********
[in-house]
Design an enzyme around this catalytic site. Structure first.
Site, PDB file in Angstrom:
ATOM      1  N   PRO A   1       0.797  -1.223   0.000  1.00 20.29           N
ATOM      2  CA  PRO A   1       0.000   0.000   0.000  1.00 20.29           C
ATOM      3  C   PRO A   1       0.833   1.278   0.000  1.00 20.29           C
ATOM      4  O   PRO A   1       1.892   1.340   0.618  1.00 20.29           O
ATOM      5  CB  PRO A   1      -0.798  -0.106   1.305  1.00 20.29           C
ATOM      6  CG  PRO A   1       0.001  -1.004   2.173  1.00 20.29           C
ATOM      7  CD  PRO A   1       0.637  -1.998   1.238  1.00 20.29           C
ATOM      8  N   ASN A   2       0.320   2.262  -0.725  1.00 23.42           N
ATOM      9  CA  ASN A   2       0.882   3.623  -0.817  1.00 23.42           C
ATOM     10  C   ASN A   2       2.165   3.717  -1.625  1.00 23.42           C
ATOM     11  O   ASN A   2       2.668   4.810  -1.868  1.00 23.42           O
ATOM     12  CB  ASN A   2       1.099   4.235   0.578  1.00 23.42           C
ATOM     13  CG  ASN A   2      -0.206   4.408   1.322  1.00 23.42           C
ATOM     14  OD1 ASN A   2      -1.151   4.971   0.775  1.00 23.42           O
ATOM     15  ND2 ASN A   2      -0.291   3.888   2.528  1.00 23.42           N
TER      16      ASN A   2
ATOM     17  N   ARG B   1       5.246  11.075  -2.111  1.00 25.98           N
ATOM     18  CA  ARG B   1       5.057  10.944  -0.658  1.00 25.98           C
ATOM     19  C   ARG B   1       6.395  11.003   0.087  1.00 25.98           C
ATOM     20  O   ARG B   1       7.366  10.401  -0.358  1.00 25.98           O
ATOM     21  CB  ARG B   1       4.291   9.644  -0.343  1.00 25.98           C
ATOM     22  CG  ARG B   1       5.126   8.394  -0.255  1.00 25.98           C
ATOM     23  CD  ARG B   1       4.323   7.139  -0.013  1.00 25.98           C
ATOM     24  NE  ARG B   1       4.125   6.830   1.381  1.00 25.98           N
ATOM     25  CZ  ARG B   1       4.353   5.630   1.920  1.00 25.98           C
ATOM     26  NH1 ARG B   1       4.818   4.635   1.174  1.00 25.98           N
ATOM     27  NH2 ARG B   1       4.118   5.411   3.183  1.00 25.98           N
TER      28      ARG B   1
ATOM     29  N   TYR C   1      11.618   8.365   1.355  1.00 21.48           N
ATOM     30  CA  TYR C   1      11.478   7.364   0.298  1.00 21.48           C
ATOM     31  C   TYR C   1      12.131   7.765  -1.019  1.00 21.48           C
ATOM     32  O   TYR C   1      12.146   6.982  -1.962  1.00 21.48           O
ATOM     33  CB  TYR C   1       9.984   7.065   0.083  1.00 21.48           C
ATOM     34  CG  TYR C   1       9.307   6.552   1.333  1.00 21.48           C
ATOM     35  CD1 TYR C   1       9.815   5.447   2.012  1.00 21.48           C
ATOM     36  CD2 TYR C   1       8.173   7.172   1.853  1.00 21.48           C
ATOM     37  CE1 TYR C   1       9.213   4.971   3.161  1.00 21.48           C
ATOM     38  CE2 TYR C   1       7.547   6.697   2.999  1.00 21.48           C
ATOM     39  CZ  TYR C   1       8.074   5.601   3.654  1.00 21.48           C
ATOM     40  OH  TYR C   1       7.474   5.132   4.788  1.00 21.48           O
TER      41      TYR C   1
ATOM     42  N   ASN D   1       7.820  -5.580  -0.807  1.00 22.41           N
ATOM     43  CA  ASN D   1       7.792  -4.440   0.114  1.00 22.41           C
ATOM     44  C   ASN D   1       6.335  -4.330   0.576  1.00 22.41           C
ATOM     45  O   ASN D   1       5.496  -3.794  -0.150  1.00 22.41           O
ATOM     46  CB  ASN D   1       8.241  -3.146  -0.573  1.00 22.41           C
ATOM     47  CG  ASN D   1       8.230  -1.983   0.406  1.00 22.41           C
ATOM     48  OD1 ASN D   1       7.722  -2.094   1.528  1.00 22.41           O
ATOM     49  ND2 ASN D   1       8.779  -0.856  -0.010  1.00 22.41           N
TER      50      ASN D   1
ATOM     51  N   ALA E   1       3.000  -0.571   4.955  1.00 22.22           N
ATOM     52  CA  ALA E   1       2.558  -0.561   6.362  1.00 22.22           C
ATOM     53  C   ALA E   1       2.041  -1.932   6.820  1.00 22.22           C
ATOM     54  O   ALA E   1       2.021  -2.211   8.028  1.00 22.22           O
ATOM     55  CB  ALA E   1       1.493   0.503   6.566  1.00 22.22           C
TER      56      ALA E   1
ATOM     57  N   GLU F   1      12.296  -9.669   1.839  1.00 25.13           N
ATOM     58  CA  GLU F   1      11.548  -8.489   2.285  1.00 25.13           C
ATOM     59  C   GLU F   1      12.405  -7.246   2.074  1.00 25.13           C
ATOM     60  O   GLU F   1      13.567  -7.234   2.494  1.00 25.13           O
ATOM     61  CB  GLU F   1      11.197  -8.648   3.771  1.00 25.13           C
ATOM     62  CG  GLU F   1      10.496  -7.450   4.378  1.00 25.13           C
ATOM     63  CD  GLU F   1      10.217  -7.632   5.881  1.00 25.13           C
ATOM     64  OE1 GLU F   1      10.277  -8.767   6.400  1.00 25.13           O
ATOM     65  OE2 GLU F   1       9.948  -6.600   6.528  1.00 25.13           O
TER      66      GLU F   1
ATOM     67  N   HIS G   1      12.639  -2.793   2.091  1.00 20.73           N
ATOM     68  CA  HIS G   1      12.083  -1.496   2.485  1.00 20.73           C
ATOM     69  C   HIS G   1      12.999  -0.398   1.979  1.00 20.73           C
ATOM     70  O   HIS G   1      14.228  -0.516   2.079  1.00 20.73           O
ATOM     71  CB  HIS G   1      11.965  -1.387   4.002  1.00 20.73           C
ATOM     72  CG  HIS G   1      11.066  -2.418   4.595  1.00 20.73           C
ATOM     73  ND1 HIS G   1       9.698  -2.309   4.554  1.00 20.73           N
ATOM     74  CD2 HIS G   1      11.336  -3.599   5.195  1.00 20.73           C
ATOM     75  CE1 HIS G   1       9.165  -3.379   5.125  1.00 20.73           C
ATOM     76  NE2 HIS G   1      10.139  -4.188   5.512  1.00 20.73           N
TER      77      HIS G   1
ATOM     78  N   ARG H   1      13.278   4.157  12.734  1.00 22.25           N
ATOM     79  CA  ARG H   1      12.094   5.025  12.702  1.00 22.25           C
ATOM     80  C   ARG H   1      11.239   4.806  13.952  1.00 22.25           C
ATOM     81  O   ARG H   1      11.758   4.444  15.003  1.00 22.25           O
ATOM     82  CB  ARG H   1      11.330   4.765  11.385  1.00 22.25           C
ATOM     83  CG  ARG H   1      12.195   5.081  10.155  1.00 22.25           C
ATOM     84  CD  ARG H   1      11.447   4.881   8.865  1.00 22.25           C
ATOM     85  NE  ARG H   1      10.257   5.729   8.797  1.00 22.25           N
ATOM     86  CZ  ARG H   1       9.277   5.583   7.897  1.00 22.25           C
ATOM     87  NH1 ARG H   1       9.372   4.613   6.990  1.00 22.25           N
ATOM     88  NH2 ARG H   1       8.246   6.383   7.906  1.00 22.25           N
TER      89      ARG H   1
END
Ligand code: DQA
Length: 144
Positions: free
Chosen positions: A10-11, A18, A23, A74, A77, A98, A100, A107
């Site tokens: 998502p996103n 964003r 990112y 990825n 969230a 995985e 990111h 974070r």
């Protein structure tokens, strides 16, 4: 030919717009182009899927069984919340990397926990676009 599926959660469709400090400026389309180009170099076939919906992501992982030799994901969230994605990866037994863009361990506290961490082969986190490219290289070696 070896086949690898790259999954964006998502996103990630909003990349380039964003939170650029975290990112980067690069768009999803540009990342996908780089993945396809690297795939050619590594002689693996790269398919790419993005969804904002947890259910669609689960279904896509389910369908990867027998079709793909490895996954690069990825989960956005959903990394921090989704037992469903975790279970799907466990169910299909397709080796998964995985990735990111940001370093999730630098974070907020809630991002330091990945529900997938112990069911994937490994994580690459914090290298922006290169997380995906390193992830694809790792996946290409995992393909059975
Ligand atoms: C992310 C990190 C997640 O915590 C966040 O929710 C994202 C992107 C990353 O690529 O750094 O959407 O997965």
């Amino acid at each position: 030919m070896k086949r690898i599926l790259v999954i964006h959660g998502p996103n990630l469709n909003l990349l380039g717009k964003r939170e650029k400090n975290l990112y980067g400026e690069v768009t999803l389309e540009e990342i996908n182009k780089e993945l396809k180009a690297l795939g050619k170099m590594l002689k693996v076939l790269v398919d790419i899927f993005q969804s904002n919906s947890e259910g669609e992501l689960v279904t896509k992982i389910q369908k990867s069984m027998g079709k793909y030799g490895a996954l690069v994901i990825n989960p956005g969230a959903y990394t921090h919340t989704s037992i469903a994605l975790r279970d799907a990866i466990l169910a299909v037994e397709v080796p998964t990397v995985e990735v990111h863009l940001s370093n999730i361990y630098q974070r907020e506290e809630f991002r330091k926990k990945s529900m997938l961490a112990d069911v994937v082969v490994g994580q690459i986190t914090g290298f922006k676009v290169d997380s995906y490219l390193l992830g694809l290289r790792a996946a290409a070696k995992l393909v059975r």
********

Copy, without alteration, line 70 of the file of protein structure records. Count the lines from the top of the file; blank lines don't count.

ATOM     67  N   HIS G   1      12.639  -2.793   2.091  1.00 20.73           N